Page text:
-sudden reminder that other countries exist
Marie retains its insularity up through its final moments, Rose starts similarly so but gradually expands its viewer’s understanding the show’s world and the plight of its people alongside its characters, namely via Oscar

Marie Antoinette as slice of life drama
-barely any conflict in movie
-French Revolution does not happen until movie more than half over
-film is about boredom of being in ruling class. Coppla’s general thematic interest in isolation
-Film received some criticism for surface level depiction of aristocratic life, but film does contain some pointed satirical elements (Marie’s country estate and ‘back to the countryside’ lifestyle there representing an idealized and sanitized vision of rural life clearly at odds with the reality of abject poverty, Amber compares it amusingly to modern artisanal/organic hipstery affectations
-no boredom in Rose of Versailles, characters always obsessed with personal dramas and intrigues

Rose of Versailles treats du Barry issue as great crisis, but treats character in more nuanced way than the film
Marie Antoinette treats it as minor snag at Versailles, Du Barry viewed entirely through the intentionally narrow lens of Antoinette’s coterie and du Barry’s outsider status

Amber: do not personally like aesthetic of 70’s anime due to cheesy music and general aesthetic, but quickly adapted in the case of Rose
Jesse: agreement and do not normally watch older anime as well, Rose of Versailles is on personal Crunchyroll queue but kept passing it over for contemporary, watchable crap like Konosuba

Rose of Versailles is like Forrest Gump
-Oscar keeps showing up on edges of historical events
-because Oscar is not real historical figure then her accomplishments are all inconsequential
-common factor in historical dramas with fictional characters

Rose of Versailles is like HBO show Rome
-world historical events reduced to personal conflicts between small group of people
-international politics was part of consideration in real world Austria-France alliance
-big deal in world politics back then as alliance to counter Britain and Prussia but Britain and Prussia never even mentioned in show

Oscar Francois probably based on Julie d’Aubigny, La Maupin
-duelist and opera singer who lived openly as woman
-had romantic affairs with men and women

Women have always participated in men’s roles in European history
-long history of women disguising themselves as men

Hardly any working class characters died in Rose of Versailles
-perhaps Jeanne counts as working class
-all of main characters were in nobility
-the working class characters who died (Jeanne and Andre) were caught up with nobility

Oscar’s heroic death in storming of Bastille
-cannons blazing, sword in air, she can never top this moment
-as show mentions, Oscar dies before excesses of Revolution revealed
-had Oscar survived might still have died in Terror or even participated in it, then served in wars and even under Napoleon
-dying early allowed Oscar to remain pure in ideals

Oscar allowed to exist within two worlds
-Not forced to choose at story’s end between becoming a ‘traditional’ woman or abandoning all her femininity and sense of romance to simply ‘become a man’ (though she takes this approach earlier in the story) and instead grows to discover she can be both a romantic feminine woman and capable warrior and leader alike, not mutually exclusive
-Contrast to many similar works throughout literary history in which woman abandon all traditionally ‘womanly’ traits in order to truly succeed as a valuable/contributing member of rugged modern world (Fyodor Gladkov’s Cement, story progression of masculinzed ‘new woman’ Dasha versus the well-meaning but girlish Mekhova, who by the end is too weak/vulnerable to continue revolutionary work and stave off predations of less noble comrades)
-Comparisons made with female doctor character in recent television drama Versailles, set during the reign of the Sun King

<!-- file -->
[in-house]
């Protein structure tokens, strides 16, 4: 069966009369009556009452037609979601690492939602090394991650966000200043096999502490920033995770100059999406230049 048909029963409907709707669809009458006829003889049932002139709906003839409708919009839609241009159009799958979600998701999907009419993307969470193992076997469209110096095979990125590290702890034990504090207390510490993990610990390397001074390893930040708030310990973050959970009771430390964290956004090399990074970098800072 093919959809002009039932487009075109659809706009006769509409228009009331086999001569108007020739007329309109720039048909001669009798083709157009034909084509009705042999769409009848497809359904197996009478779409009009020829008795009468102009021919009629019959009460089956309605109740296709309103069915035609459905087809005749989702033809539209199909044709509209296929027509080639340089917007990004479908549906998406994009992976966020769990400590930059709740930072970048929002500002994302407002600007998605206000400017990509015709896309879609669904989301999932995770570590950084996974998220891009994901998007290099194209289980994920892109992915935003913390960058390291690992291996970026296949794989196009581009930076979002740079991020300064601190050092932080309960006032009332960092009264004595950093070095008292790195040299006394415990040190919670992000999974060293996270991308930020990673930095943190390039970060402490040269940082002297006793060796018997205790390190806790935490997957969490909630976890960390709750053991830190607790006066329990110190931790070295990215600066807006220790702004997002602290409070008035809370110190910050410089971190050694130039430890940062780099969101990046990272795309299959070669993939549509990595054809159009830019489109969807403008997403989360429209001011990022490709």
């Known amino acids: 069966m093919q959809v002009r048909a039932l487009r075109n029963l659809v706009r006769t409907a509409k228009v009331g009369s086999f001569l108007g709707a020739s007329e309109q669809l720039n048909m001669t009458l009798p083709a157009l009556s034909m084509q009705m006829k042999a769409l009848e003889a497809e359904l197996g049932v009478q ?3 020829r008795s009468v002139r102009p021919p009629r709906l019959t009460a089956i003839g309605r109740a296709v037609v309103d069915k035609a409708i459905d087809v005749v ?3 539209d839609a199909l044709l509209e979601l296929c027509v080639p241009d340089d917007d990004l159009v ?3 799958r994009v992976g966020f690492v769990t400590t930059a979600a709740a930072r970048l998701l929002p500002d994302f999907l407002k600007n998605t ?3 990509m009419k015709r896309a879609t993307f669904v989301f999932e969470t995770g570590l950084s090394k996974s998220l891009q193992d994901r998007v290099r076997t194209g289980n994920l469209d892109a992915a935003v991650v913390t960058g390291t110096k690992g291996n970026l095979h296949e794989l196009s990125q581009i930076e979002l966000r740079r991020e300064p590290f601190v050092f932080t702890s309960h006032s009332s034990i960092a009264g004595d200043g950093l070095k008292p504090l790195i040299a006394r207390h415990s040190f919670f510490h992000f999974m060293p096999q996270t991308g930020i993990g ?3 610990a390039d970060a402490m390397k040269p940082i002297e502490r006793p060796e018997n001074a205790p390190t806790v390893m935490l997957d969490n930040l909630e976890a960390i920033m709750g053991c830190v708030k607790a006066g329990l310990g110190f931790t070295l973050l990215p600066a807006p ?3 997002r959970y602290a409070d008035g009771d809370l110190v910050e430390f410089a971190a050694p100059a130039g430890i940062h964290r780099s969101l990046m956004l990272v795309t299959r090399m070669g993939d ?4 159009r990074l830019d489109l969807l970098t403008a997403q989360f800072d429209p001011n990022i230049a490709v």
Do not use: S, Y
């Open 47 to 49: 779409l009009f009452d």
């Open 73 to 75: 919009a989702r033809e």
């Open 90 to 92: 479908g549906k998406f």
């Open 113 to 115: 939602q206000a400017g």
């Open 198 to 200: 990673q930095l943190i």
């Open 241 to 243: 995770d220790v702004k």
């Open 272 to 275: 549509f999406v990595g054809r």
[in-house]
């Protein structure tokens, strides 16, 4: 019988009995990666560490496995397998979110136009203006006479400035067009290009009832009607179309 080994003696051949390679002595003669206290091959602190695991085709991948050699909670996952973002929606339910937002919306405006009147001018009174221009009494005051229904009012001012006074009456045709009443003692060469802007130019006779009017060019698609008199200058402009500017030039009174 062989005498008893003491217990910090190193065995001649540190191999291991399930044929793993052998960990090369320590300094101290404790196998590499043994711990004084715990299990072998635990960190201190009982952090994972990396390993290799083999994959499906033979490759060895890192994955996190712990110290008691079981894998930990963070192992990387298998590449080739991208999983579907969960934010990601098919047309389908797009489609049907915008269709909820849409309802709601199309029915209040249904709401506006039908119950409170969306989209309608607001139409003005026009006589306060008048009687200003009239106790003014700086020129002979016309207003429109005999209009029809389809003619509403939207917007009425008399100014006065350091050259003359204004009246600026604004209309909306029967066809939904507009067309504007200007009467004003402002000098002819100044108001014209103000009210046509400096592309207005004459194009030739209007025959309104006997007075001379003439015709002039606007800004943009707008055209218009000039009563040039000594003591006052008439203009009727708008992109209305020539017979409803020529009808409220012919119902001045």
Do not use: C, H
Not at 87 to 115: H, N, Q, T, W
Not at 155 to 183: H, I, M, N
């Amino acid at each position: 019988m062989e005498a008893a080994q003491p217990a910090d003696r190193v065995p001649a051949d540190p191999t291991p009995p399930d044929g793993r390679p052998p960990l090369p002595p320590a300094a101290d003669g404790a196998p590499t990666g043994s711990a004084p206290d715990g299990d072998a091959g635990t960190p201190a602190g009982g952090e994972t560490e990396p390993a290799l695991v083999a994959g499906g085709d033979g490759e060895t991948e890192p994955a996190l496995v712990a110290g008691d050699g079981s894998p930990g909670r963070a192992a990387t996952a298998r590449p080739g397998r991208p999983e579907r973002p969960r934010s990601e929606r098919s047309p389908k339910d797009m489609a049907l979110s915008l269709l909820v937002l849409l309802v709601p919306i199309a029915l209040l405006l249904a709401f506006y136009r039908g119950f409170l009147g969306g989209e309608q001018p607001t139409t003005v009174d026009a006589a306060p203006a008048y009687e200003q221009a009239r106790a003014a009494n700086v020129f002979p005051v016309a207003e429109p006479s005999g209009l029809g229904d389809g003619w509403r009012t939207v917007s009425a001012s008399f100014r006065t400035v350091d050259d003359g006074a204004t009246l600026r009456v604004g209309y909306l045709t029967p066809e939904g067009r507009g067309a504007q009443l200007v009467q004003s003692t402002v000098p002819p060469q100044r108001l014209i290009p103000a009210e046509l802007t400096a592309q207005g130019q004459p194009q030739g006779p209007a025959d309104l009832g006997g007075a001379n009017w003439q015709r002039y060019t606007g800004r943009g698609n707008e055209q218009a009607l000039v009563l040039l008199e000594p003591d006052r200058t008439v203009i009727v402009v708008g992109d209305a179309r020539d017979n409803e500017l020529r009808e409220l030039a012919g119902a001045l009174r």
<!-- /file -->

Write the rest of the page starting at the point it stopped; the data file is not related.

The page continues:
Tuberculosis as cliched tragic setback for Oscar
-military protagonist with tuberculosis always dies heroically
-tuberculosis diagnosis as being out of left field
-clearly set up to provide tragedy to character, not out of organic growth in story

No Hitchcock film to mention this episode
-Hitchcock hated so-called “kitchen sink dramas”, or social realist depictions of the burdens of ordinary life
-In general, fictional depictions about peasants living their lives hardly exist
-Authentic depictions of ‘peasant’ life in fiction and cinema rare, contemporary viewers often find aristocratic lifestyle inherently less foreign (despite obvious divides in wealth and status) due to the democratization over time of elements of the ‘cultured’ lifestyle ala the arts and literacy, and in pseudo-secularized enlightenment era conceptions of the world resembling our own more than that of rural peasantry (Anna Karenina etc referenced, depicting the unknowability of authentic rural peasant life even at the time)

Everyone agrees Rose of Versailles tells a compelling narrative with fine artistry and memorable characters. Marie Antoinette has its flaws but is nevertheless a visually lush and satisfying depiction of the highly irregular and ritualized world Versailles and the isolation of the ruling elite.

Next time on PodCastle in the Sky: Mad Max 2: The Road Warrior and Fist of the North Star (the 1986 film)

Episode 5: Puella Magi Madoka Magica and Chronicle

Madoka and friends

Tune in for our greatest accomplishment in anime podcasting – we talk about Puella Magi Madoka Magica without once using the word “deconstruction”. Also we talk about the 2012 movie Chronicle and about teenagers with superpowers, then we kind of meander to a bunch of other topics. So stop, collaborate and listen to PodCastle in the Sky’s latest episode. Excelsior!

Episode 4: Golgo 13 and Octopussy

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In this episode PodCastle looks back to 1983, a year of dueling James Bond movies – and picks one of the movies (Octopussy, the ‘official’ one) and compares it to another product of 1983, Golgo 13: The Professional, the first anime adaptation of a character inspired by Ian Fleming’s spy. Confident killers, wonky geopolitics, male power fantasies and more!

Episode 3: Diabolik Lovers and Twilight

We return from the dead to discuss the undead! Diabolik Lovers and Twilight – hot or not? Whether you’re Team Edward, Team Jacob, or Team Shoot Yourself in the Head, listen and be enlightened. Are possessive boyfriends sexy if they’re a hot vampire? Does the firmament rip in twain as we compare these works to Russian literature? Do we emerge unscathed from watching these franchises? Tune in and find out!

And if you ever find yourself wondering what the hell we’re talking about, check out our expanded Anime Fan to English dictionary.